|Renewable Fuels Initiative Announced|
Agriculture Secretary Mike Johanns followed President Bush's State of the Union energy plan by announcing that the Administration's proposals for the ’07 farm bill will include $1.6 billion in funding for renewable energy. The money would go toward research and production, with a focus on cellulosic ethanol.
"It remains a priority across USDA to support the development of biofuels,” Johanns said. “We will continue to build on current programs and turn the corner on renewable energy. With biofuels coming to the forefront, American agriculture faces the greatest opportunity of a generation to lead a future in which we get our energy by the bushel and not by the barrel."
Johanns says he will provide more information about the funding proposal when he announces the Administration's full set of farm bill proposals.
|Climate Change Explored By Senate|
Discussion of draft legislation on greenhouse gas (GHG) emissions reduction is underway in the Senate.
Energy and manufacturing companies including DuPont, Caterpillar Inc. and General Electric have formed a coalition with several environmental organizations to urge Congress to pass legislation that would create a “cap-and-trade” system to reduce the nation’s greenhouse gas emissions.
Under this concept, a county, state or region would place a cap on total emissions and allocate credits to individual emitters who would then be allowed to buy or sell credits in a market to meet their targets. This would put a price tag on each unit of greenhouse gas released into the atmosphere.
Sens. Bingaman (D-NM) and Specter (R-PA) sent a discussion draft to Senate colleagues to encourage future legislation that would cap US emissions at ’07 levels by ’12, and eventually reduce emissions by 60-80% by ’50. Senate meetings on the discussion draft will begin Feb. 2. There is potential for other legislation by both the House and Senate as this is one of their priority issues.
President Bush touched on the issue in his State of the Union address by announcing that his administration aims to reduce US gasoline usage by 20% over the next 10 years through technological innovation, and renewable and alternative fuels.
Agriculture is affected by the GHG/climate change issue through nutrient management systems and conservation tillage which help increase soil organic carbon (C-sequestration) as well as through fuel use. Currently, California is the only cotton-producing state that is developing a climate change policy based, in part, on a cap-and-trade system. California agriculture will be affected by the regulations that are being developed in that state.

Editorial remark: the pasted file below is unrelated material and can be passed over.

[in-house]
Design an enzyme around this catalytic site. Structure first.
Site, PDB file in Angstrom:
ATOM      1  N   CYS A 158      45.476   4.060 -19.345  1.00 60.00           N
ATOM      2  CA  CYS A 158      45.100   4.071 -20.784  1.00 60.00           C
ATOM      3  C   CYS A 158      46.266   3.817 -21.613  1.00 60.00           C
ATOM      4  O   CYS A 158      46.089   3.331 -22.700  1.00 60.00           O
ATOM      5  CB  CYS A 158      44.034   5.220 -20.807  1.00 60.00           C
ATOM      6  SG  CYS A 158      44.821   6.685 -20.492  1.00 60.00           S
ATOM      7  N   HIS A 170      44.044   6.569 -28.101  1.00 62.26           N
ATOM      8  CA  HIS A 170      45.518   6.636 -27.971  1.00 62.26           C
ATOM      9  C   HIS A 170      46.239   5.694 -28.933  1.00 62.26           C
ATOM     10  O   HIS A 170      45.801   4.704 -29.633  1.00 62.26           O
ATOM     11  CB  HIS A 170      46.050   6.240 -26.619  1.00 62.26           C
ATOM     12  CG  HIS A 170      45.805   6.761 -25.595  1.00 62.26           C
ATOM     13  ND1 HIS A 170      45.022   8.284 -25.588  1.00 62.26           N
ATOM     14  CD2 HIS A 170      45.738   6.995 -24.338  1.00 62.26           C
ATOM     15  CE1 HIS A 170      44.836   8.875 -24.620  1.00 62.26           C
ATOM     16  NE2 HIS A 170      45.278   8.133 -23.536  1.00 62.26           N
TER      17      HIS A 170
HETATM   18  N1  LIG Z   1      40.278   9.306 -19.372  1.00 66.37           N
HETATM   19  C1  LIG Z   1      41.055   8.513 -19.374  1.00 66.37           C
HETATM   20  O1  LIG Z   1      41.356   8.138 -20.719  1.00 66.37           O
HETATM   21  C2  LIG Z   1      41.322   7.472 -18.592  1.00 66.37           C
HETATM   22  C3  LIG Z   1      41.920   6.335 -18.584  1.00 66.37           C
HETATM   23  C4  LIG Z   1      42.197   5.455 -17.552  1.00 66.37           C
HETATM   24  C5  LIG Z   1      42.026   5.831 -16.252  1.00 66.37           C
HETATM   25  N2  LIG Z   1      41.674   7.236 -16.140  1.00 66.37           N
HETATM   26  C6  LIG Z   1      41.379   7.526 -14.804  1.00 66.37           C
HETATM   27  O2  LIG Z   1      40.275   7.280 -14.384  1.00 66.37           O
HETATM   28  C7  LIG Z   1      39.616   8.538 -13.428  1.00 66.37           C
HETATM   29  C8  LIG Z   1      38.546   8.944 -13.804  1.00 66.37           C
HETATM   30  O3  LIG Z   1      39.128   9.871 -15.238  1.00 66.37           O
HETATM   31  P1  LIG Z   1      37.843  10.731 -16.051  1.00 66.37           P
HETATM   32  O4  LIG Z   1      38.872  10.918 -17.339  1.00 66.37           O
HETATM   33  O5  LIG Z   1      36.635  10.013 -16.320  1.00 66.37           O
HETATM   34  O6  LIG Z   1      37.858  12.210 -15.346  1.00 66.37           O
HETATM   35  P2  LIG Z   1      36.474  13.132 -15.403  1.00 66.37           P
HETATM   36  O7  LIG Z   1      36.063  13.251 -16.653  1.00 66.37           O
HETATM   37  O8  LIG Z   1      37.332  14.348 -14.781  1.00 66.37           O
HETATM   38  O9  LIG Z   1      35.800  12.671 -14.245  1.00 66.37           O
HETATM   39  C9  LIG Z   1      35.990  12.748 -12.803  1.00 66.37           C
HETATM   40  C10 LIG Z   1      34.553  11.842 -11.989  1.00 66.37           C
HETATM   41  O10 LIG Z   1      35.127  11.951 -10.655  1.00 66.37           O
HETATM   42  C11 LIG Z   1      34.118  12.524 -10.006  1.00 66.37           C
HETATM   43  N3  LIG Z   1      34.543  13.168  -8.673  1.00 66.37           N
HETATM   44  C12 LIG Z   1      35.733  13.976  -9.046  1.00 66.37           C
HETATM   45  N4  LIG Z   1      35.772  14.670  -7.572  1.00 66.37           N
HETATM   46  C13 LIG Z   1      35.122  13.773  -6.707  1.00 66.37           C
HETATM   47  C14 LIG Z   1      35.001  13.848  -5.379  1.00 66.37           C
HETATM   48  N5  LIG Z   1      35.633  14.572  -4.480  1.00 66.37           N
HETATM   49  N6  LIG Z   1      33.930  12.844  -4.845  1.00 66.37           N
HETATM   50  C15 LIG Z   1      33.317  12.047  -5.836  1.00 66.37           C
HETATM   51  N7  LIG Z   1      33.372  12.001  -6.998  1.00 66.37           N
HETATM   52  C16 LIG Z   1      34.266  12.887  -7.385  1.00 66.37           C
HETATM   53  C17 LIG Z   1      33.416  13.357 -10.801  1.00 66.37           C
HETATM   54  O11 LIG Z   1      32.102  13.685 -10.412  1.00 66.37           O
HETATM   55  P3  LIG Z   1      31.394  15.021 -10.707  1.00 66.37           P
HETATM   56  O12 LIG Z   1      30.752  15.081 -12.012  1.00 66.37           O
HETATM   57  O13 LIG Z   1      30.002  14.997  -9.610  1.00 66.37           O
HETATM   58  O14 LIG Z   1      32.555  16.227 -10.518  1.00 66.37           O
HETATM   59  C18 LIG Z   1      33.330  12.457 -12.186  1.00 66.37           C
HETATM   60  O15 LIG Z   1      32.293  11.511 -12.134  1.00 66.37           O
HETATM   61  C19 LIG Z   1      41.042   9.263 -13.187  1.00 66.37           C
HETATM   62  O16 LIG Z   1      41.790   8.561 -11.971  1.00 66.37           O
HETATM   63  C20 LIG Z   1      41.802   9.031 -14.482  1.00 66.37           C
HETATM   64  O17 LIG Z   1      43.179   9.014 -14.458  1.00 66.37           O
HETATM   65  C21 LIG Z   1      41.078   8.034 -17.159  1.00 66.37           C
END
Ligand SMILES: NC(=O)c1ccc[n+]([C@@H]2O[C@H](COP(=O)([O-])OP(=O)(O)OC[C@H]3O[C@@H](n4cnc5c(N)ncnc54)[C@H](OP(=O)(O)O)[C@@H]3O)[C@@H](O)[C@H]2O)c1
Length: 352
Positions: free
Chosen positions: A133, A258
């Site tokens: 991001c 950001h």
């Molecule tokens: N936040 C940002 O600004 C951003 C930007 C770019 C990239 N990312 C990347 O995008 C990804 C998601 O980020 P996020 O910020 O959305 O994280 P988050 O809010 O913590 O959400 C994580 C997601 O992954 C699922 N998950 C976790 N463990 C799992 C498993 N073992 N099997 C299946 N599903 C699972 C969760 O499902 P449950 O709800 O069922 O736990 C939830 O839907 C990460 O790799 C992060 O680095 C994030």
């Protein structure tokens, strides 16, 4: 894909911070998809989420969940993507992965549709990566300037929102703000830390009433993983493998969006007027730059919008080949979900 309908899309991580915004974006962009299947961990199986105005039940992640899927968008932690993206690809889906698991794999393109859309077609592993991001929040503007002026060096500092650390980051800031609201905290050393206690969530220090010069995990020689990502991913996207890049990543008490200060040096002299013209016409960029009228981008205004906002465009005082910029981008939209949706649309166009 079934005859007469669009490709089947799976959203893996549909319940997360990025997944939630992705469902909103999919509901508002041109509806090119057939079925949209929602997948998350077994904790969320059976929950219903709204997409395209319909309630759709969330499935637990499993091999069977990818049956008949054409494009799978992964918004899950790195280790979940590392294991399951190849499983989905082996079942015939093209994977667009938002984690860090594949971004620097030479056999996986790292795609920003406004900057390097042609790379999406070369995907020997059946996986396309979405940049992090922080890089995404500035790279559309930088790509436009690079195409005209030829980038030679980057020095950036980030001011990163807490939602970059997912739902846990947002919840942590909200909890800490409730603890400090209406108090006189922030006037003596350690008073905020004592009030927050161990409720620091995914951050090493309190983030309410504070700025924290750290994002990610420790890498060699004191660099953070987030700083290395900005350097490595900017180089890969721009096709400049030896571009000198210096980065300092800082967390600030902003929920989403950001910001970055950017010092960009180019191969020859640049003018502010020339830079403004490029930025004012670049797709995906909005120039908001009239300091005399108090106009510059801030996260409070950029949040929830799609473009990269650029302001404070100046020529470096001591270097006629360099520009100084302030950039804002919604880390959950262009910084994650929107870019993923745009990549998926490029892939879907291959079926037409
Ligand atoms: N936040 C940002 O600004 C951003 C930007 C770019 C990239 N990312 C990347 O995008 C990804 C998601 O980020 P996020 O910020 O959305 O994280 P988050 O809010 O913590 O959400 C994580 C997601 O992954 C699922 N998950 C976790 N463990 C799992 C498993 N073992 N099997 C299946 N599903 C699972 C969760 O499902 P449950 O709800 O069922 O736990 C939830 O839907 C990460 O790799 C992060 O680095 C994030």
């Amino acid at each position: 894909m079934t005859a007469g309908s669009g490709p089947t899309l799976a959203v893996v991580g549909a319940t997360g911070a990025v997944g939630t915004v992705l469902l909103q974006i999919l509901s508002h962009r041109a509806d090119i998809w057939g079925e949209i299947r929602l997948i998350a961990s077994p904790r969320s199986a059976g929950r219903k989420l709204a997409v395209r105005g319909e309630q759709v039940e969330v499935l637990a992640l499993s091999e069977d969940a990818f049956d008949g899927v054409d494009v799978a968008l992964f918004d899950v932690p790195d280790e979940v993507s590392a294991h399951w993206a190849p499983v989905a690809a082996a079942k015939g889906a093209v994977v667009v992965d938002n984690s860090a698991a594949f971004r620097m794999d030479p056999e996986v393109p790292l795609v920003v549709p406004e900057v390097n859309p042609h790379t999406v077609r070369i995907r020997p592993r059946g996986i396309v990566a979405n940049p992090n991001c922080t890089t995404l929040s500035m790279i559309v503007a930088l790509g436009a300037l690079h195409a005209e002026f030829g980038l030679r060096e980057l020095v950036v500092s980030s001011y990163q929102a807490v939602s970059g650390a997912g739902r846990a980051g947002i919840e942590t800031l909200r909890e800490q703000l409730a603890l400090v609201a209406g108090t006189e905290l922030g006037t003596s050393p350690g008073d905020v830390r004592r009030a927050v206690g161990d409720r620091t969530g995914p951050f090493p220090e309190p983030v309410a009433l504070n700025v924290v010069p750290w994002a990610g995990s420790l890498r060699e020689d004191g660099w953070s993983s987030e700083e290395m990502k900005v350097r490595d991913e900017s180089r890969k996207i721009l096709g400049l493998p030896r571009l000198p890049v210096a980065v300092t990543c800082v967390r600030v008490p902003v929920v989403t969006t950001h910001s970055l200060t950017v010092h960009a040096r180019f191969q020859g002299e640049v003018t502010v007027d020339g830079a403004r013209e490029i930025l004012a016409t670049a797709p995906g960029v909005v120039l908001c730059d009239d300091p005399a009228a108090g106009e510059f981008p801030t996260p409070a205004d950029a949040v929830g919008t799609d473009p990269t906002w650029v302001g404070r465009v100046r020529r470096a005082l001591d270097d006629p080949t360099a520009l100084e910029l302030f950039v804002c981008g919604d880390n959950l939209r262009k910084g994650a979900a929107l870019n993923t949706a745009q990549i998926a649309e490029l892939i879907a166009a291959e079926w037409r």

Farmers could provide GHG offsets by such methods as renewable energy and carbon sequestration where CO2 is removed from the atmosphere by vegetation and storage in biomass and soils.
In ’02, the President directed USDA to develop new accounting rules and guidelines for reporting greenhouse gas emissions. USDA worked with the Dept. of Energy, Dept. of Commerce and EPA to establish new accounting rules and guidelines for reporting GHG emissions in ’06.Under the Environmental Quality Incentives Program (EQIP) program, for example, the Natural Resources Conservation Service delivers guidance to its state offices to reward and recognize actions that reduce greenhouse gas emissions within the EQIP ranking systems.
|Electronic Markets Start Date Extended|
IntercontinentalExchange (ICE), the leading electronic energy marketplace and soft commodities exchange, will extend the start date of side-by-side trading at its New York Board of Trade (NYBOT) subsidiary by one additional week. The new start date of Feb. 2 is designed to provide NYBOT participants and quote vendors with additional time to meet their connectivity, staffing and training needs.
Side-by-side trading of the NYBOT’s benchmark agricultural commodities on ICE’s electronic trading platform will commence on Feb. 2, from 7:00 a.m. ET through 3:15 p.m. ET. These initial trading hours will be extended to 22 hours each trading day following the introductory phase of electronic trading in NYBOT’s markets.
The requests for electronic enrollment and training on the electronic markets has been stronger than expected with more than 1,000 new user identifications created to date. These user identifications represent new users on the ICE platform and enable electronic access to NYBOT’s soft commodity markets. Electronic trading in NYBOT markets is available to or via UK-based firms that are authorized by the Financial Services Authority in accordance with NYBOT’s status as an overseas person. In addition to the UK, NYBOT already has gained access in Australia, Germany, Japan and Switzerland. There are 36 overseas regulatory jurisdictions in which NYBOT has obtained or applied for permission to offer its markets.
Prospective electronic traders should contact the NYBOT membership office for more information, or refer to the ICE website at www.theice.com/nybot_info. A set of FAQs and Webinars also are available on the ICE website. Training classes are being held at the NYBOT.The NYBOT membership department is coordinating the enrollment of users for direct access through the WebICE trading screen or through any of the leading independent software vendors. Qualified algorithmic and proprietary traders with access to ICE and ICE Futures products will be able to access NYBOT products upon execution of an access agreement with NYBOT.
|Module Can Help on Weed Resistance|
The NCC is reminding cotton producers to visit its online Weed Resistance Learning Module to learn more about weed resistance management programs prior to planting.